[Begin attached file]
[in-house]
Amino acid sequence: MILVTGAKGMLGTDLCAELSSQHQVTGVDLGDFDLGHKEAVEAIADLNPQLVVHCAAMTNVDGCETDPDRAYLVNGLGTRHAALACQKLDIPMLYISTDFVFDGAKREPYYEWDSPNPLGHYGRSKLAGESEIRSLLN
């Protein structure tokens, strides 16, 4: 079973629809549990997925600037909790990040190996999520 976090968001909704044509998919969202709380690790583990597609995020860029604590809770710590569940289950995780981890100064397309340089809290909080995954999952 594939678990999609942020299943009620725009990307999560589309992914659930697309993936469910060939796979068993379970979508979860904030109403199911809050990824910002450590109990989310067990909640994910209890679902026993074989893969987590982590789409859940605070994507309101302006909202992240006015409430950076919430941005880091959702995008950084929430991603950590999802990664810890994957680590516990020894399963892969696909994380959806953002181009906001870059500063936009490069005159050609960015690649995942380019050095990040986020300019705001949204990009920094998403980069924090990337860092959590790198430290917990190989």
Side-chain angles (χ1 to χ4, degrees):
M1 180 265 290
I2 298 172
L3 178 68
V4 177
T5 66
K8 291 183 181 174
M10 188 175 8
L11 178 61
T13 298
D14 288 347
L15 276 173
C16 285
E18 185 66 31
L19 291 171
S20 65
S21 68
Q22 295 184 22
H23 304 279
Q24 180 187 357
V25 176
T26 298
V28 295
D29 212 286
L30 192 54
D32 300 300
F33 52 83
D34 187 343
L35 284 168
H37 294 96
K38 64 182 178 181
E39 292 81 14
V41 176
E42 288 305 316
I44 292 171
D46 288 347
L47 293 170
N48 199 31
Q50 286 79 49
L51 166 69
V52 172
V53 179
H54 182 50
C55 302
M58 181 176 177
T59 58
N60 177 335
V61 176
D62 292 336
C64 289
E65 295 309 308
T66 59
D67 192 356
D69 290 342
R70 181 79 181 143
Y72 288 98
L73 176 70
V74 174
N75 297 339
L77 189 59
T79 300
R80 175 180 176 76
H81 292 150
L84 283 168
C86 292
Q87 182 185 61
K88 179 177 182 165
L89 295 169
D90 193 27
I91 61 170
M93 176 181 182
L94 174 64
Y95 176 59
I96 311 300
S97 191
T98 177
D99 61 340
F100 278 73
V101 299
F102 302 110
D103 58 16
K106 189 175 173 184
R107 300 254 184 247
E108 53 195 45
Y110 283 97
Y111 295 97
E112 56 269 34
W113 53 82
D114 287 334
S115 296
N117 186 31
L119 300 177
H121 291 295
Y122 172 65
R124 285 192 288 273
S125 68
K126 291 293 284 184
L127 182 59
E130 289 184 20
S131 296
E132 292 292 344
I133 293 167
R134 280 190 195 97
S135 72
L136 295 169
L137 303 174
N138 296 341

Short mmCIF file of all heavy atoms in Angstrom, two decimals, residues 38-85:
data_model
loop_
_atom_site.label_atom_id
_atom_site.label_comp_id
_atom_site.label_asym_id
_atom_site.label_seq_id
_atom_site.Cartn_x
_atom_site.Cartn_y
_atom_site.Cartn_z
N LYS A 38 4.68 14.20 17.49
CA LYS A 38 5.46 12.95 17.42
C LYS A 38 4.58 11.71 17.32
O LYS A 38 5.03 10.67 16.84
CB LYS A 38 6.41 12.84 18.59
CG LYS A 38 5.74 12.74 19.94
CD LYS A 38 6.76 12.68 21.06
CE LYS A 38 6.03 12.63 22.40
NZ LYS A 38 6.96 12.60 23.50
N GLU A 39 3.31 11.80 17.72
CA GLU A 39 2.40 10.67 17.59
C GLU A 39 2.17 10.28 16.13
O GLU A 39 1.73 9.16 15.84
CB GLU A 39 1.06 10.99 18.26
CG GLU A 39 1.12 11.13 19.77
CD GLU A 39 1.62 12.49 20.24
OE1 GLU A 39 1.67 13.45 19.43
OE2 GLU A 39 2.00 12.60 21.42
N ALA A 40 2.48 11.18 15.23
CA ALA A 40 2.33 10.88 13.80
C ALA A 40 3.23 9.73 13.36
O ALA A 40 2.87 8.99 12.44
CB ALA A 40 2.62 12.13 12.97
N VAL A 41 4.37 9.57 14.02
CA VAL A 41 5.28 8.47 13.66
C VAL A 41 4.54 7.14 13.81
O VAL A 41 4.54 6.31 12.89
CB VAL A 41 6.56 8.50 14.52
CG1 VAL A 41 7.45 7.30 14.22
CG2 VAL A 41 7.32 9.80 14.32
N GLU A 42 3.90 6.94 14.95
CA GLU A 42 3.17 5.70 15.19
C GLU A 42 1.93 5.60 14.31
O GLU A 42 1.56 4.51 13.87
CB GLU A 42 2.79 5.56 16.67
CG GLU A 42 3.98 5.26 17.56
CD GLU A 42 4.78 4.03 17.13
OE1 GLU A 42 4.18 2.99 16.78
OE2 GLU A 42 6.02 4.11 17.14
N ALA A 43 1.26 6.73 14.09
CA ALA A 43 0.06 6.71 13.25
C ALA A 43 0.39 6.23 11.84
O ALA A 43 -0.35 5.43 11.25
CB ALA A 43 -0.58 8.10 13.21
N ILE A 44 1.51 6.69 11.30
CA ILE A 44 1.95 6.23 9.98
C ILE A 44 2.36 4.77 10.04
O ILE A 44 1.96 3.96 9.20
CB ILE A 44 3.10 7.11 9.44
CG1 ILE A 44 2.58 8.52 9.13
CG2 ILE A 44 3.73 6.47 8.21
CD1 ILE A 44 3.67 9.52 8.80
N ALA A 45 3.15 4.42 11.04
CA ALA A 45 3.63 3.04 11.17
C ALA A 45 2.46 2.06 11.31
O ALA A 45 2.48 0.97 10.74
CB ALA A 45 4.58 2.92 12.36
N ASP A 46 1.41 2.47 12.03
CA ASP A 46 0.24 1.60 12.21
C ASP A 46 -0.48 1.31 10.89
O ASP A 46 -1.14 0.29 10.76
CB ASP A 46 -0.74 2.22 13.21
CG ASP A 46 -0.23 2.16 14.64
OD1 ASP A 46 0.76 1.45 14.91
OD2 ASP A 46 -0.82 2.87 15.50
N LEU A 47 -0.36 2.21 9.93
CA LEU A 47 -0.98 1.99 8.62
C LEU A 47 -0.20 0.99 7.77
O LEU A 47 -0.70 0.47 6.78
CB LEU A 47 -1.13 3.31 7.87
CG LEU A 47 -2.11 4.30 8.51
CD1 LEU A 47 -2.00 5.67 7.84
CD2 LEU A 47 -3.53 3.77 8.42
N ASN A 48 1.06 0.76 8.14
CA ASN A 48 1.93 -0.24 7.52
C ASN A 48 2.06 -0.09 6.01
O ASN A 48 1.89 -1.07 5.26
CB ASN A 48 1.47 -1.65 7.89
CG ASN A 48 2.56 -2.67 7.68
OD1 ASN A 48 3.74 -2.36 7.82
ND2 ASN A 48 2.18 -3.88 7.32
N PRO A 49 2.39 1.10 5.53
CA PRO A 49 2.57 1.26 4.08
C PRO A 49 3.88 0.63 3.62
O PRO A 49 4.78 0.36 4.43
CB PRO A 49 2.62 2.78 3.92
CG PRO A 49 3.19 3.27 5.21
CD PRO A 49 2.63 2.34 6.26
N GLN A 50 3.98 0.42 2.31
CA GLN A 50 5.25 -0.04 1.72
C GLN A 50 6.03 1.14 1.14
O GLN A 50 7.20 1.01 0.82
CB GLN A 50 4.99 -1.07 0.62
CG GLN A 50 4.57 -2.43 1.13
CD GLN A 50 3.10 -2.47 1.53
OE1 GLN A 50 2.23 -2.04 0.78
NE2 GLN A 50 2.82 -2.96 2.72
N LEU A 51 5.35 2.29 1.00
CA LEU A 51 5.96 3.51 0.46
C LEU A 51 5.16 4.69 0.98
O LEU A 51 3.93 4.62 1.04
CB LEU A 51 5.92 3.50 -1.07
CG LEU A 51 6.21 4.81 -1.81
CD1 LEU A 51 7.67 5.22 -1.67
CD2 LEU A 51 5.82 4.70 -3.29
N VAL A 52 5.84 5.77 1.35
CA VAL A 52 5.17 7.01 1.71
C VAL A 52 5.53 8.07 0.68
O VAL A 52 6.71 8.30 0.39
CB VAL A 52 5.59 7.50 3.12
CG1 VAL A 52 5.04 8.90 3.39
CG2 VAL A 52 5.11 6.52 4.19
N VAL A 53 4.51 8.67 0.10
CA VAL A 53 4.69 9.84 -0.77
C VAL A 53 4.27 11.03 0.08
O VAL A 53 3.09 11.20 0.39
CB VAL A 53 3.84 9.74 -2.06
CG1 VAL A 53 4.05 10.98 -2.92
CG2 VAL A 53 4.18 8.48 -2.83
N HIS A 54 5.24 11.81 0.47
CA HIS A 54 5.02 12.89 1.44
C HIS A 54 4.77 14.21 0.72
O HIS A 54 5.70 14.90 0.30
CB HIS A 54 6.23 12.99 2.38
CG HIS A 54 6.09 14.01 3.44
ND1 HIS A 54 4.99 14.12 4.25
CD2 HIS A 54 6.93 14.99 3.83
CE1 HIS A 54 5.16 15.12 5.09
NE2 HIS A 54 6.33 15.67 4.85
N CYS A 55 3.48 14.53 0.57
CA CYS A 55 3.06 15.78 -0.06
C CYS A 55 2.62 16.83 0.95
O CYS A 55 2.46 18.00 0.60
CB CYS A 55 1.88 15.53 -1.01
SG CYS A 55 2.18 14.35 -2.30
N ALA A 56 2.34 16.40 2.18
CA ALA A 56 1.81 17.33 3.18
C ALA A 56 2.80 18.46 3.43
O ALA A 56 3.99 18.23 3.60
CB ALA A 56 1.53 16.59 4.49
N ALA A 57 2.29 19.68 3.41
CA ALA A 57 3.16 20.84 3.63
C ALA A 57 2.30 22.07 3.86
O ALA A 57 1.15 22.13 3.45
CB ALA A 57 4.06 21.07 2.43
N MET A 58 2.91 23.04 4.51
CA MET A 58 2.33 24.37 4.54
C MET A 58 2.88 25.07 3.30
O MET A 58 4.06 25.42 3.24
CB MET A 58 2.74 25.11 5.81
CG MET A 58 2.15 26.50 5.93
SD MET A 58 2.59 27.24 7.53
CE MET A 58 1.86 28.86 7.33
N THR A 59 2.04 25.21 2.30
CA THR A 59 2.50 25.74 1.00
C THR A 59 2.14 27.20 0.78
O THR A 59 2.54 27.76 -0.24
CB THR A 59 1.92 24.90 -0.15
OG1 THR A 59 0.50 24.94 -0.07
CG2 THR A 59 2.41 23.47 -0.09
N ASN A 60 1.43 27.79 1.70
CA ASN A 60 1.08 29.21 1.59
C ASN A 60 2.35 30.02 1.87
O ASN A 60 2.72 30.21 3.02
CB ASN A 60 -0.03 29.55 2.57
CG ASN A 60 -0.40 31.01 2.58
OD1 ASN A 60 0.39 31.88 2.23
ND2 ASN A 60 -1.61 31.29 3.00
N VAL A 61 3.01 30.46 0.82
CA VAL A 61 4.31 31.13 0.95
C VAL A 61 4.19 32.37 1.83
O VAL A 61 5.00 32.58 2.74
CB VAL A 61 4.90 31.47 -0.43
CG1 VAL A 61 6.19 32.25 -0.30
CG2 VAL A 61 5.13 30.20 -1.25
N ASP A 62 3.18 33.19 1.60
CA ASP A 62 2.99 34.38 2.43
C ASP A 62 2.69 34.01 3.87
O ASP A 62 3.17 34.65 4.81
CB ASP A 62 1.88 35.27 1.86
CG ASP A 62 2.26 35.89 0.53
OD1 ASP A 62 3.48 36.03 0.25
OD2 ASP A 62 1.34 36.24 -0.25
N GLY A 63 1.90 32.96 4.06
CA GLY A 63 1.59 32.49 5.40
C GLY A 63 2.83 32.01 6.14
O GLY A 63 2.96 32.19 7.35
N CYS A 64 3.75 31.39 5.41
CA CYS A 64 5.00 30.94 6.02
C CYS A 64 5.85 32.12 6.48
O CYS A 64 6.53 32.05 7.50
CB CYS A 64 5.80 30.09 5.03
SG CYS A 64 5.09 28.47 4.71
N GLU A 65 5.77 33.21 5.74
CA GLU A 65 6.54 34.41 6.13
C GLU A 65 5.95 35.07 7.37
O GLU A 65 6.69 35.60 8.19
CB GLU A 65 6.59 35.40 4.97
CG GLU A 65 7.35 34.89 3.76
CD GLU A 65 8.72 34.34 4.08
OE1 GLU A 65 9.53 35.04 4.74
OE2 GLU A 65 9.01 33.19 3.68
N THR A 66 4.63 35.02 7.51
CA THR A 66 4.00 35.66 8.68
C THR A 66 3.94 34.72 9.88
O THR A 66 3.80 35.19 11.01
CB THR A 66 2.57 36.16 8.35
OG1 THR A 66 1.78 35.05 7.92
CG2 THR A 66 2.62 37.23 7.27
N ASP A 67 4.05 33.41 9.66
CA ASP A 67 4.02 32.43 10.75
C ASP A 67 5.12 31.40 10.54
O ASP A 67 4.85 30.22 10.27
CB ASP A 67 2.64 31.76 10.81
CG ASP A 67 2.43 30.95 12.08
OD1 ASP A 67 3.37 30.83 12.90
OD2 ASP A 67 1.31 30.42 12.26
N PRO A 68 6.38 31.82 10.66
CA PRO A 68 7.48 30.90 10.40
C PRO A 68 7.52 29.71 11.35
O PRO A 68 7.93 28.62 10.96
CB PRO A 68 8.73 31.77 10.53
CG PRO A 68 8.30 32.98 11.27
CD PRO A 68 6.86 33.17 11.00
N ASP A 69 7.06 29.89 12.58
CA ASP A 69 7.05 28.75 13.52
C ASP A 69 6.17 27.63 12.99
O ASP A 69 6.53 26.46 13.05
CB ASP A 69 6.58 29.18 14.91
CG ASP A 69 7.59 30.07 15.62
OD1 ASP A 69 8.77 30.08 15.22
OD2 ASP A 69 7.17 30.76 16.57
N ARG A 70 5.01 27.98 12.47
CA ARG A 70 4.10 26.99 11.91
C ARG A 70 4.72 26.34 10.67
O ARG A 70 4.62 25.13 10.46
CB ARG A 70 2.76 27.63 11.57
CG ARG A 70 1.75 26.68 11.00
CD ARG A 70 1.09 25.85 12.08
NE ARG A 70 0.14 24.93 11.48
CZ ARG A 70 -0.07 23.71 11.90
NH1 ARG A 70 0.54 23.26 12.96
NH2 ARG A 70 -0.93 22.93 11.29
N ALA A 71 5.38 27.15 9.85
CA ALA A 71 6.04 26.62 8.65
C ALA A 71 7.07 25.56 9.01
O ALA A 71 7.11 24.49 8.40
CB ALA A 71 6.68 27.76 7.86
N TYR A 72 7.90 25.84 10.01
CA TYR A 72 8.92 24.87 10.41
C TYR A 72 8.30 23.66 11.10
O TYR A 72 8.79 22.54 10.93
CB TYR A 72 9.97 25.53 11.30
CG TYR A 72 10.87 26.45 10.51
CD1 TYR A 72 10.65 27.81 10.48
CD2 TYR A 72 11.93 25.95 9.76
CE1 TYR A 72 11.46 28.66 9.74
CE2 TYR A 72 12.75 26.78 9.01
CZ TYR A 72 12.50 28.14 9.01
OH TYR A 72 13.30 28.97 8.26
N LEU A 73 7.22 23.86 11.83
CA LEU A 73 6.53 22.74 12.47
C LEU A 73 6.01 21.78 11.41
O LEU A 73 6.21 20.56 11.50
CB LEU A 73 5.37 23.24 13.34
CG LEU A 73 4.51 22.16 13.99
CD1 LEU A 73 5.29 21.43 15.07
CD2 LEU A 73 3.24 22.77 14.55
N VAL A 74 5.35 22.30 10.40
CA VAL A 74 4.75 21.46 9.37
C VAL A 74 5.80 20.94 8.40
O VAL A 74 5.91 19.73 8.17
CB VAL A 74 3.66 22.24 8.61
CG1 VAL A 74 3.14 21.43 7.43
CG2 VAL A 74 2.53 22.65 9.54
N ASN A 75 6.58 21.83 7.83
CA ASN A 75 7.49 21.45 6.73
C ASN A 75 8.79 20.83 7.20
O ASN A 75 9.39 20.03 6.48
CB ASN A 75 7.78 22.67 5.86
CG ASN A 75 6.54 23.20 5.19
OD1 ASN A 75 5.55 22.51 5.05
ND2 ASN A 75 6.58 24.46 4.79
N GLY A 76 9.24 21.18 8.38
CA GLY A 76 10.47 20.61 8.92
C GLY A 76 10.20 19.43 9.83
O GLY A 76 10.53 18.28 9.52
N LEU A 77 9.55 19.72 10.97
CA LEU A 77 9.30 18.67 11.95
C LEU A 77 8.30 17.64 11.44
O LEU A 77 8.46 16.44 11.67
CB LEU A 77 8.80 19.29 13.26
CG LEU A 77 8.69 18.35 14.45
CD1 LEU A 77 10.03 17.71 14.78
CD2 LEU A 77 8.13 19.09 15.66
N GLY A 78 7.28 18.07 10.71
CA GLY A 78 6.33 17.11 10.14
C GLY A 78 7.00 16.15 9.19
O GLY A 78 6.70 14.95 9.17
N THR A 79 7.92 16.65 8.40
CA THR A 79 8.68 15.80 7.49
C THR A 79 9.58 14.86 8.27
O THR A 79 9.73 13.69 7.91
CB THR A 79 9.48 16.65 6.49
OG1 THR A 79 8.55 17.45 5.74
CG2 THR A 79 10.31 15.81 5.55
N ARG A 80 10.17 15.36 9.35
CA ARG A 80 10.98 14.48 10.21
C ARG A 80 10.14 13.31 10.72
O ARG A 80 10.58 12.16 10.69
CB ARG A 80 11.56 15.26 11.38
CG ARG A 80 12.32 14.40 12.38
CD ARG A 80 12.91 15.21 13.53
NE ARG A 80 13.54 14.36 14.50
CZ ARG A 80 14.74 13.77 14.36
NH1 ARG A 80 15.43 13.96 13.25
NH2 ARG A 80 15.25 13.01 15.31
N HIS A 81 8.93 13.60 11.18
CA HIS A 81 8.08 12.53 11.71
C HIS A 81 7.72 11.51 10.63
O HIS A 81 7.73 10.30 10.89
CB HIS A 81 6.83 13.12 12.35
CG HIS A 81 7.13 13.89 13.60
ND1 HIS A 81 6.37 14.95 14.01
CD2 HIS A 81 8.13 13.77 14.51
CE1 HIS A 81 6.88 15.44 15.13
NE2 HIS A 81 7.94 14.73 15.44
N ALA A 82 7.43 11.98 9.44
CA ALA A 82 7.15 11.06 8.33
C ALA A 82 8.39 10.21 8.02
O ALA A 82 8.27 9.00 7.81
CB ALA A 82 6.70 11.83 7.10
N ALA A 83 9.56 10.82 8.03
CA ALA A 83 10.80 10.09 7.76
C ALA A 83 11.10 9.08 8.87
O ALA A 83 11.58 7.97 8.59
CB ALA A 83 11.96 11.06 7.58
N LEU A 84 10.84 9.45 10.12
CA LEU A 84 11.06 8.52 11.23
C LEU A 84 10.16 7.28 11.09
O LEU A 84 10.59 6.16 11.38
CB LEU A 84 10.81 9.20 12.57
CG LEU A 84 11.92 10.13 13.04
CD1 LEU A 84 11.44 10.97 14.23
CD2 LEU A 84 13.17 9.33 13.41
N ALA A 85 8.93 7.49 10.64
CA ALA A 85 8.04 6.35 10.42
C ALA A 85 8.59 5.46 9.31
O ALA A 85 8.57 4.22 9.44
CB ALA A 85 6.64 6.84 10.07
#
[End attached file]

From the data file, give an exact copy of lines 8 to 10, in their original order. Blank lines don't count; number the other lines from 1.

V4 177
T5 66
K8 291 183 181 174